Pat Conroy is without doubt America's favorite storyteller, a writer who portrays the anguished truth of the human heart and the painful secrets of families in richly lyrical prose and unforgettable narratives. Now, in Beach Music, he tells of the dark memories that haunt generations, in a story that spans South Carolina and Rome and reaches back into the unutterable terrors of the Holocaust.
From the American South to the ancient ruins of Rome, and from the horrors of the Holocaust to the lingering trauma of Vietnam, Beach Music sings with life's pain and glory. Jack McCall, an American expatriate in Rome with his young daughter, is trying to find some peace after his wife's suicide. But when his sister-in-law begs him to return home, he finds himself drawn into a painful, intimate search for the one haunting secret in his family's past that can heal his anguished heart.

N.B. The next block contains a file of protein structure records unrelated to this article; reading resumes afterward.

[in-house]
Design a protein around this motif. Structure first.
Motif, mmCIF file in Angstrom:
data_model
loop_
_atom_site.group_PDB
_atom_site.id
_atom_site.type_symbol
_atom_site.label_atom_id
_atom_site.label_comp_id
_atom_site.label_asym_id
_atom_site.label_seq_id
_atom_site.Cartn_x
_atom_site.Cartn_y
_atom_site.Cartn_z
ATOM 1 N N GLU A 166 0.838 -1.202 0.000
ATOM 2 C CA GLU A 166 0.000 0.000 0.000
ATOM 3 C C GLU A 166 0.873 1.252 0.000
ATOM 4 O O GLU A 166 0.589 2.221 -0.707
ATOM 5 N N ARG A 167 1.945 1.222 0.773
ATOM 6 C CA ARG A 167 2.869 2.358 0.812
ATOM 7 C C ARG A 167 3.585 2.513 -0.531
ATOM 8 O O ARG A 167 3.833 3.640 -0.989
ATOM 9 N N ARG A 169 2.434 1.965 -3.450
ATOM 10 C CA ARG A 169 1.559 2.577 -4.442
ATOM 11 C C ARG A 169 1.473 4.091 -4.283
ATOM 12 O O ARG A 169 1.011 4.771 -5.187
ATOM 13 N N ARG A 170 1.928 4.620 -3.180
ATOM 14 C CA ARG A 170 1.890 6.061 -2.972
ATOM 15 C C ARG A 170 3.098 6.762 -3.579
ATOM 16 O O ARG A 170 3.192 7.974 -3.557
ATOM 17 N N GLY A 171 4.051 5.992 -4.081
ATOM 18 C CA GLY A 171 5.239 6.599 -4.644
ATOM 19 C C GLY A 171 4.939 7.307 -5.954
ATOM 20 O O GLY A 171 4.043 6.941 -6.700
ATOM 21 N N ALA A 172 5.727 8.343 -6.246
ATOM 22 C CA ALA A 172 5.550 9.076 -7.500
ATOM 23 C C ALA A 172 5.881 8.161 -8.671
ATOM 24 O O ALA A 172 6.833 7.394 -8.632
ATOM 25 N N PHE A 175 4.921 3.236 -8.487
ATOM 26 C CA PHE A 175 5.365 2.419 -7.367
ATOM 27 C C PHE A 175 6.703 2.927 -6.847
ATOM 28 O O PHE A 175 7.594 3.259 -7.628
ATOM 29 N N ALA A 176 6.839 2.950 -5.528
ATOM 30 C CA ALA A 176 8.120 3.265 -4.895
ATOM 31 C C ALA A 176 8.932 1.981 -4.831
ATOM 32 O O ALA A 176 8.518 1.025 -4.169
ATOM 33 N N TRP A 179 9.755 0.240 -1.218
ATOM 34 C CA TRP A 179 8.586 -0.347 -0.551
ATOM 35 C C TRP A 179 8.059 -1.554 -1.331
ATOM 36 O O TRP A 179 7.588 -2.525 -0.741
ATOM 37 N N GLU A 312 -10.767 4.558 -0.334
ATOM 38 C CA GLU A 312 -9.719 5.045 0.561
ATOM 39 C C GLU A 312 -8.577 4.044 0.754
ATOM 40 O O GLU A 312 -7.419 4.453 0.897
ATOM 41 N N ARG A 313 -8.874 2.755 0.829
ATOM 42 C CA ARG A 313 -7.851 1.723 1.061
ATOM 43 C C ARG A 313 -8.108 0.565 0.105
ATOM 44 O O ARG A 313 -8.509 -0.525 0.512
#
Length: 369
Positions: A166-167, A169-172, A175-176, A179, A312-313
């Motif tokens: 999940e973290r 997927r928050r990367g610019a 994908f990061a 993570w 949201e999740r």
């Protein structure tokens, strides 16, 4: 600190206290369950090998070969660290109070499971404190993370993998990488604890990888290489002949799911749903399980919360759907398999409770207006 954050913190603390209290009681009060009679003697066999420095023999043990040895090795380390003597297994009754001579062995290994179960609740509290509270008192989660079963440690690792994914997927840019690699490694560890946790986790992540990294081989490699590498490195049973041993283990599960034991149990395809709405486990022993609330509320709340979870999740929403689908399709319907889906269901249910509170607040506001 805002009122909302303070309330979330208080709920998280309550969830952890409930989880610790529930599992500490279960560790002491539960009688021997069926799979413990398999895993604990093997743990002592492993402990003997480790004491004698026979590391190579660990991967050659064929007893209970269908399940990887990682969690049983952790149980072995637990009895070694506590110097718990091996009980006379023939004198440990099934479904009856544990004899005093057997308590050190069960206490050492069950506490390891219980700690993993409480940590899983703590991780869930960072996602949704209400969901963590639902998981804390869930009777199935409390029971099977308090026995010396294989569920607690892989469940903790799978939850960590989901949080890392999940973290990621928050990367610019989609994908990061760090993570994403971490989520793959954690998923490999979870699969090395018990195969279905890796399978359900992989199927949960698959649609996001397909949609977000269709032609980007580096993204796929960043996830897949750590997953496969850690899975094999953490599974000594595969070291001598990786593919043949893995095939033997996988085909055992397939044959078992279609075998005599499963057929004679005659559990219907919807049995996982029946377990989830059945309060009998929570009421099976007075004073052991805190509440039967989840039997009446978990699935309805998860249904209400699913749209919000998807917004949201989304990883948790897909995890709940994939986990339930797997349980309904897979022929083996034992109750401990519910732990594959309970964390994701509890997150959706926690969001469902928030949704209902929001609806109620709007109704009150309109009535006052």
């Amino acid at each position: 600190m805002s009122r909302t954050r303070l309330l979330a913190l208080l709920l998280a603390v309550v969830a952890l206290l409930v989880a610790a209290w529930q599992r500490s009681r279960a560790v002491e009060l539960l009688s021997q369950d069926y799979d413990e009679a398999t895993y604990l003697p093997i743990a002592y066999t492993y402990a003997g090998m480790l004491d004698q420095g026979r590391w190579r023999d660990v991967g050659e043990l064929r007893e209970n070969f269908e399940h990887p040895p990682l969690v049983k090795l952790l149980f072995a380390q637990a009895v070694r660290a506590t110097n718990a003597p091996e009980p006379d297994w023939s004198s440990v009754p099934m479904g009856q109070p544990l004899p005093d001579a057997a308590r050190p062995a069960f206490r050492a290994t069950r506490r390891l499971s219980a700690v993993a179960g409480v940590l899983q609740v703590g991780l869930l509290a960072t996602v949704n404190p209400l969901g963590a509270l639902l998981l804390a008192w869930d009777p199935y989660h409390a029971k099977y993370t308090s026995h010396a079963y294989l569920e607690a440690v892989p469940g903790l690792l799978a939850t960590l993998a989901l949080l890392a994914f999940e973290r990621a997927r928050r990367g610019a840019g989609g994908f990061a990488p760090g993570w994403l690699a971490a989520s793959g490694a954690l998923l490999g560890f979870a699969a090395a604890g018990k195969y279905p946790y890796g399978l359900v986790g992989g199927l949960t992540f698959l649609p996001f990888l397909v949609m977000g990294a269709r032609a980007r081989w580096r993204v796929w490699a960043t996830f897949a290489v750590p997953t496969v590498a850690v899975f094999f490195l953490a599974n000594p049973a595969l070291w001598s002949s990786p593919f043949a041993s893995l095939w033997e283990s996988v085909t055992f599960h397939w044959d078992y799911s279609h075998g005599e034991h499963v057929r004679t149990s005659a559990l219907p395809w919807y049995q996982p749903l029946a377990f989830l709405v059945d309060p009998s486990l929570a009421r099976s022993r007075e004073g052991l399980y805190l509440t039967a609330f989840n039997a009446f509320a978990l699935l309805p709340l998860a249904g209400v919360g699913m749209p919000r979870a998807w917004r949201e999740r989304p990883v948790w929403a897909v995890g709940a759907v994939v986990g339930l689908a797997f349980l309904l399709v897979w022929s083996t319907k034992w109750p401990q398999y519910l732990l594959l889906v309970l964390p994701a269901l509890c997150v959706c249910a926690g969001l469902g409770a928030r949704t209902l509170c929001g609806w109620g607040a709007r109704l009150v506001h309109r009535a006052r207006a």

"Unabridged would have been 5 stars"
Someone is about to make a killing in the music industry. Why would songwriting legend Gideon Pike disappear just as his 30-year career turns a multimillion-dollar profit Music columnist Mick Sever goes looking for his missing friend Gideon Pike in the gritty backrooms of Miami's nightclubs, dodging suicide speedboats and running from sniper fire. What surfaces is how the major players in the music industry are not making the headlines, but just pulling the strings that create them.
"Sexist and boring"